To further minimize any impacts, the city and SiFi meet weekly to ensure microtrenching is completed before a planned roadway improvement project. This creates a clean and seamless look, as the new pavement covers the microtrench without disturbing the fiber ducts below the surface.

“Our concerted partnership with the city of Placentia is first-class, and their passion and dedication to achieving their goal to make their city digitally sustainable are admirable,” said Geoff Spickler, vice president of community relations for SiFi Networks. “The citywide network will enable selected lower-income households to connect with our FiberCity Aid program, an initiative we are incredibly passionate about. ”

New economic opportunities and public services

Collectively, this public-private partnership represents a $35 million investment into Placentia’s infrastructure with no contribution from the city’s General Fund. Within the first 12 months of construction, the Placentia FiberCity team installed approximately 45% of the underground fiber ducts, and the first customers went online in October 2022.

The city has already received inquiries from businesses interested in potentially relocating to the city because of the access to a fiber network. The new system will also provide the city with its own closed-loop municipal fiber system under a separate agreement. SiFi will deliver fiber optic lines to every city facility and property and all city data will pass securely between these facilities on a closed-loop system.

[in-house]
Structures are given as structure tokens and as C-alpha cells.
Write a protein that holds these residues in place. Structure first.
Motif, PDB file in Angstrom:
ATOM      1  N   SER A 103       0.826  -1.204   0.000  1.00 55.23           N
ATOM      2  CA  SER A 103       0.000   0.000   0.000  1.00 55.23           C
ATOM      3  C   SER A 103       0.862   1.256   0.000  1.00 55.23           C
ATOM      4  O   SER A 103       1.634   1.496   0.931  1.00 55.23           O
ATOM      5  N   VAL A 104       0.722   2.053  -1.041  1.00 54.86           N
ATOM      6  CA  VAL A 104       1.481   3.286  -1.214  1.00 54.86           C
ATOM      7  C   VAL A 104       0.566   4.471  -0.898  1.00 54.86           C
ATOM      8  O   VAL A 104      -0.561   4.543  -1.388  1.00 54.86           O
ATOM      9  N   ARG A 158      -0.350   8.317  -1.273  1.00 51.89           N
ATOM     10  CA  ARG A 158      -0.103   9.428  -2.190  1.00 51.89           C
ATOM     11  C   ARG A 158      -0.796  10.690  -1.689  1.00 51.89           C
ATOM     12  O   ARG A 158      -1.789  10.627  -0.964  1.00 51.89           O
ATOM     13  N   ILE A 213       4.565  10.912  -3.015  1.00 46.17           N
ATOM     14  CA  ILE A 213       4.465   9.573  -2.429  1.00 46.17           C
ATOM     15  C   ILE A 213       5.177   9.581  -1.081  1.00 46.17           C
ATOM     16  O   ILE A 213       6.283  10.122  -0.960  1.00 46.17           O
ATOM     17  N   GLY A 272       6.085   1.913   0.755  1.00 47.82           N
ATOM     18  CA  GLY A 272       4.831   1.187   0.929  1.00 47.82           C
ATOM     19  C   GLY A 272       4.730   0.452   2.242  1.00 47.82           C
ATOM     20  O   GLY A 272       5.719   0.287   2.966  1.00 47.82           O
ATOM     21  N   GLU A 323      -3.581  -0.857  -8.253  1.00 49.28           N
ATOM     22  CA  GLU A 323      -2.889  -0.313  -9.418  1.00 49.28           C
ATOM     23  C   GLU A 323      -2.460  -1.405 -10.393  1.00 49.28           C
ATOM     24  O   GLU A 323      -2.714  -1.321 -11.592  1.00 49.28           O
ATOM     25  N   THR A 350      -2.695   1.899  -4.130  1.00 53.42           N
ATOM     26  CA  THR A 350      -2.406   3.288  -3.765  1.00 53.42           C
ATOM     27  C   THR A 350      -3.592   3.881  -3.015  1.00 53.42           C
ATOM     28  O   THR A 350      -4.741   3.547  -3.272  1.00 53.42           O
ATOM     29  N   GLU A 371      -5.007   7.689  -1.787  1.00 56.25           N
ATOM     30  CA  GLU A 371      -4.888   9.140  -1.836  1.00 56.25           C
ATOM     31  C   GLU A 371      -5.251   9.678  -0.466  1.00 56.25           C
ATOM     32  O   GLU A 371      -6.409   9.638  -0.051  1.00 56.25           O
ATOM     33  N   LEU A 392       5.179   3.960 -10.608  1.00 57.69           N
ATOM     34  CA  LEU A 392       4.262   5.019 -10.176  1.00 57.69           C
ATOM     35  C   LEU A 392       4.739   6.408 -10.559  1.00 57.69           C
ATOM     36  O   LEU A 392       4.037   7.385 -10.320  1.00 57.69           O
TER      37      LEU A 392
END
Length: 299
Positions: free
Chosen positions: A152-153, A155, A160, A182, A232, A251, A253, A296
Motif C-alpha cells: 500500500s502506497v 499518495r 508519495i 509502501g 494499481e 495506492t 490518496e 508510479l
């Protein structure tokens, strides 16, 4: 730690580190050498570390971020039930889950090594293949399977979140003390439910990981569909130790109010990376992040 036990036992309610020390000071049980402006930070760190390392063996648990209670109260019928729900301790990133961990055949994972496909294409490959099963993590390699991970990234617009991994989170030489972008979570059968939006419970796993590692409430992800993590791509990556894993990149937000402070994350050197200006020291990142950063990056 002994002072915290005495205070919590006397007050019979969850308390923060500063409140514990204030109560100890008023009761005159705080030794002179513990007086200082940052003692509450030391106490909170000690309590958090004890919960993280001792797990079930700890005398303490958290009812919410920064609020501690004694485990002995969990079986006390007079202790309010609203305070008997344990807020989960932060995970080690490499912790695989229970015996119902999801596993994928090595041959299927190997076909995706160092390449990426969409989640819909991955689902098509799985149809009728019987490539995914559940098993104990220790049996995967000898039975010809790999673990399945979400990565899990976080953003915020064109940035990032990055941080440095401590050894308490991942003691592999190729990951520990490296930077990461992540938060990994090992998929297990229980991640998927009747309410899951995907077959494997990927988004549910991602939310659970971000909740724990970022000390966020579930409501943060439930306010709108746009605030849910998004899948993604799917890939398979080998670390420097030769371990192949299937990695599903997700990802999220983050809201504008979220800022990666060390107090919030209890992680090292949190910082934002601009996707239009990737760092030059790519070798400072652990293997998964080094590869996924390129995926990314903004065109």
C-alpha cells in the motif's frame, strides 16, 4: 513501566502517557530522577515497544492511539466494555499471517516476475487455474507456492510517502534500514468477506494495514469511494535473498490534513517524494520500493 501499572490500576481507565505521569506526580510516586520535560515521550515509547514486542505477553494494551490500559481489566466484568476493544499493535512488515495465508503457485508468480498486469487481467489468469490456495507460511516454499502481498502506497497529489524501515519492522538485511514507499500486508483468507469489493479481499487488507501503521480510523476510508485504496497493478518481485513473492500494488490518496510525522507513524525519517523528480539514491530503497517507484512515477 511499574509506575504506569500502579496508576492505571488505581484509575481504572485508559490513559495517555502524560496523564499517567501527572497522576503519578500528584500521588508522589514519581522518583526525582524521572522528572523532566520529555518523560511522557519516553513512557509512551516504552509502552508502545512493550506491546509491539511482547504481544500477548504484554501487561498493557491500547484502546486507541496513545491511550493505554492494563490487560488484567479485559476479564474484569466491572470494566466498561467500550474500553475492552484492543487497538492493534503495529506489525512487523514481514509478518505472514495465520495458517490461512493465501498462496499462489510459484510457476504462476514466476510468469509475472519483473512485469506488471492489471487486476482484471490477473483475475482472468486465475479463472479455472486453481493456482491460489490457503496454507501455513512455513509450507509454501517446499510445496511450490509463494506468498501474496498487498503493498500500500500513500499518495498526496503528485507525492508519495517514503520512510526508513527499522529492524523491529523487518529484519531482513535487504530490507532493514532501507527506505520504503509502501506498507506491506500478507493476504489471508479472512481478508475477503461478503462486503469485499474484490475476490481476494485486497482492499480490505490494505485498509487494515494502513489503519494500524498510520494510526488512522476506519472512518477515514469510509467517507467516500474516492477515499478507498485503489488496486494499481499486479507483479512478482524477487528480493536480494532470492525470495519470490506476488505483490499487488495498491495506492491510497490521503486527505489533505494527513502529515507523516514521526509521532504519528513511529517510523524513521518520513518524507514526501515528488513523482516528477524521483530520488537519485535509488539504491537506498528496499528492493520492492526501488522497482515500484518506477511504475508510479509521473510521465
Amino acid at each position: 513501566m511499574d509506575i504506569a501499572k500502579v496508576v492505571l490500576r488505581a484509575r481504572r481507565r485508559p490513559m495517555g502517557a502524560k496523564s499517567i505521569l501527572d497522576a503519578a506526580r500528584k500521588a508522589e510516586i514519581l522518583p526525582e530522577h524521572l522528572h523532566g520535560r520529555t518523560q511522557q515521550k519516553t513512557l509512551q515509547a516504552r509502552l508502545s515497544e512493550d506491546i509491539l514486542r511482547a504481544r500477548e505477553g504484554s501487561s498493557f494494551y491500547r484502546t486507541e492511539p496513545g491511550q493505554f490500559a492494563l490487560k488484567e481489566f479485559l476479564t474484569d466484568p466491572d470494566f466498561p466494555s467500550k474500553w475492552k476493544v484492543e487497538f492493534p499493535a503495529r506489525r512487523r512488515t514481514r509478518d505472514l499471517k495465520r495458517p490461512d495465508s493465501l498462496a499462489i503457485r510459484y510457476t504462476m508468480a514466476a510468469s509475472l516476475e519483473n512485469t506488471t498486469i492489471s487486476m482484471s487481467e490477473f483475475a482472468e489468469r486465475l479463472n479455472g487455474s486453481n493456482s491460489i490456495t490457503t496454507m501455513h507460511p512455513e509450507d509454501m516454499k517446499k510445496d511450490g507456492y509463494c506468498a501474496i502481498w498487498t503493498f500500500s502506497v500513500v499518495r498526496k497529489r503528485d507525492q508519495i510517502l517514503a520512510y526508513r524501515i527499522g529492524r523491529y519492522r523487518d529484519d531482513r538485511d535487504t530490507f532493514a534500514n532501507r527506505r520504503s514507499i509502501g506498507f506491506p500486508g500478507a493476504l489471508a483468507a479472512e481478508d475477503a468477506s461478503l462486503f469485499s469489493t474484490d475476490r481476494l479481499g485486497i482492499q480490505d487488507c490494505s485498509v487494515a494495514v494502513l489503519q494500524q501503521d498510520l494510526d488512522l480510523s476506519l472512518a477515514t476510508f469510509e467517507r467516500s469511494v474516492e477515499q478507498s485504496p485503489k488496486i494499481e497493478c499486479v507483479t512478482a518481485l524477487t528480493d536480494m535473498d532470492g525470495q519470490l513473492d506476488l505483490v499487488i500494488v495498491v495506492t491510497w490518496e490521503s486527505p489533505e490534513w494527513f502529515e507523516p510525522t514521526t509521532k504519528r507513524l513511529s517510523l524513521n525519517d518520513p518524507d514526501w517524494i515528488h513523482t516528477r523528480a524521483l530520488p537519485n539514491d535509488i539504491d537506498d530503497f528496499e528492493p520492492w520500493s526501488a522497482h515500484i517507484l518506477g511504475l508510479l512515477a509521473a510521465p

In addition to speeding up and securing municipal operations, the network will support new economic development services. It will also allow the city to deploy more secure internet connection points and provide public Wi-Fi access at all city parks and facilities. Soon, this digital infrastructure will also support public safety drone programs and other technologically advanced services and projects.

“The Placentia FiberCity project will provide connectivity for the city to adopt new technologies that are not currently possible because of limited infrastructure,” said Jeremy Yamaguchi, a Placentia city council member. “As a member of the smart city committee, we are exploring new ways to better serve our community, particularly our broadband-disadvantaged neighborhoods within the city.”

Damien Arrula is a city administrator for Placentia; he can be reached at or (714) 993-8118. Watch this video for an overview of the project.